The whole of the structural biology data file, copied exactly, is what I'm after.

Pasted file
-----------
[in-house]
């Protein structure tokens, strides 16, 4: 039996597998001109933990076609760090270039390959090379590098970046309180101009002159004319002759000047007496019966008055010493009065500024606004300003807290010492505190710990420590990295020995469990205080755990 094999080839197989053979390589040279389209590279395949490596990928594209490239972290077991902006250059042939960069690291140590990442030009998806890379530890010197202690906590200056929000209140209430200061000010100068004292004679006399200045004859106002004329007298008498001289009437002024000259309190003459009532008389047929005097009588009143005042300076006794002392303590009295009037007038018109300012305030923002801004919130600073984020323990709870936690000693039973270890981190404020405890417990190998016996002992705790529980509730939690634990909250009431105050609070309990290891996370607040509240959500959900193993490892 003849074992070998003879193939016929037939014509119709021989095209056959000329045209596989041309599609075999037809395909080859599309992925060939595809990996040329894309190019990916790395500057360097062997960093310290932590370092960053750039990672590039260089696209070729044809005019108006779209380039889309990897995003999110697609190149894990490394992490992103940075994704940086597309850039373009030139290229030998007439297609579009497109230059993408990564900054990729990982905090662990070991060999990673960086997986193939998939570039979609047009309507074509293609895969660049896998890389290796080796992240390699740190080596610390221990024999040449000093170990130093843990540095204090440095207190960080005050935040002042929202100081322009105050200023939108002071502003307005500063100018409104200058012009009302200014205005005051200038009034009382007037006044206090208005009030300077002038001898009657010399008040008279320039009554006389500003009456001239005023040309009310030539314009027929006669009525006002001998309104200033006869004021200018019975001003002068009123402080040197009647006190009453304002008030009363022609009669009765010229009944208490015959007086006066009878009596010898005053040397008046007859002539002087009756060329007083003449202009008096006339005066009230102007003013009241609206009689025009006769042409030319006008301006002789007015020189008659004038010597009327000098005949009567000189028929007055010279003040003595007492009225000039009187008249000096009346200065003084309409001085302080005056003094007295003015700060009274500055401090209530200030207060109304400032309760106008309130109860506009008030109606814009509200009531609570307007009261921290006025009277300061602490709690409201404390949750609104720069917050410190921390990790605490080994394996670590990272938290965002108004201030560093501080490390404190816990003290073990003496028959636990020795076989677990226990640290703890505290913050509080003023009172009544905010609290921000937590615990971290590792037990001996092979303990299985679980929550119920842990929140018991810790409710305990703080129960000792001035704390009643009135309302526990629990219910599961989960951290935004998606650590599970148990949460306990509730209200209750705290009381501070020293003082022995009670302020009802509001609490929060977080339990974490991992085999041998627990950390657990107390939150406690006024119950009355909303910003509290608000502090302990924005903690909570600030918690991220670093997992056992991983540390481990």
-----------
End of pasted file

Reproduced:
[in-house]
């Protein structure tokens, strides 16, 4: 039996597998001109933990076609760090270039390959090379590098970046309180101009002159004319002759000047007496019966008055010493009065500024606004300003807290010492505190710990420590990295020995469990205080755990 094999080839197989053979390589040279389209590279395949490596990928594209490239972290077991902006250059042939960069690291140590990442030009998806890379530890010197202690906590200056929000209140209430200061000010100068004292004679006399200045004859106002004329007298008498001289009437002024000259309190003459009532008389047929005097009588009143005042300076006794002392303590009295009037007038018109300012305030923002801004919130600073984020323990709870936690000693039973270890981190404020405890417990190998016996002992705790529980509730939690634990909250009431105050609070309990290891996370607040509240959500959900193993490892 003849074992070998003879193939016929037939014509119709021989095209056959000329045209596989041309599609075999037809395909080859599309992925060939595809990996040329894309190019990916790395500057360097062997960093310290932590370092960053750039990672590039260089696209070729044809005019108006779209380039889309990897995003999110697609190149894990490394992490992103940075994704940086597309850039373009030139290229030998007439297609579009497109230059993408990564900054990729990982905090662990070991060999990673960086997986193939998939570039979609047009309507074509293609895969660049896998890389290796080796992240390699740190080596610390221990024999040449000093170990130093843990540095204090440095207190960080005050935040002042929202100081322009105050200023939108002071502003307005500063100018409104200058012009009302200014205005005051200038009034009382007037006044206090208005009030300077002038001898009657010399008040008279320039009554006389500003009456001239005023040309009310030539314009027929006669009525006002001998309104200033006869004021200018019975001003002068009123402080040197009647006190009453304002008030009363022609009669009765010229009944208490015959007086006066009878009596010898005053040397008046007859002539002087009756060329007083003449202009008096006339005066009230102007003013009241609206009689025009006769042409030319006008301006002789007015020189008659004038010597009327000098005949009567000189028929007055010279003040003595007492009225000039009187008249000096009346200065003084309409001085302080005056003094007295003015700060009274500055401090209530200030207060109304400032309760106008309130109860506009008030109606814009509200009531609570307007009261921290006025009277300061602490709690409201404390949750609104720069917050410190921390990790605490080994394996670590990272938290965002108004201030560093501080490390404190816990003290073990003496028959636990020795076989677990226990640290703890505290913050509080003023009172009544905010609290921000937590615990971290590792037990001996092979303990299985679980929550119920842990929140018991810790409710305990703080129960000792001035704390009643009135309302526990629990219910599961989960951290935004998606650590599970148990949460306990509730209200209750705290009381501070020293003082022995009670302020009802509001609490929060977080339990974490991992085999041998627990950390657990107390939150406690006024119950009355909303910003509290608000502090302990924005903690909570600030918690991220670093997992056992991983540390481990």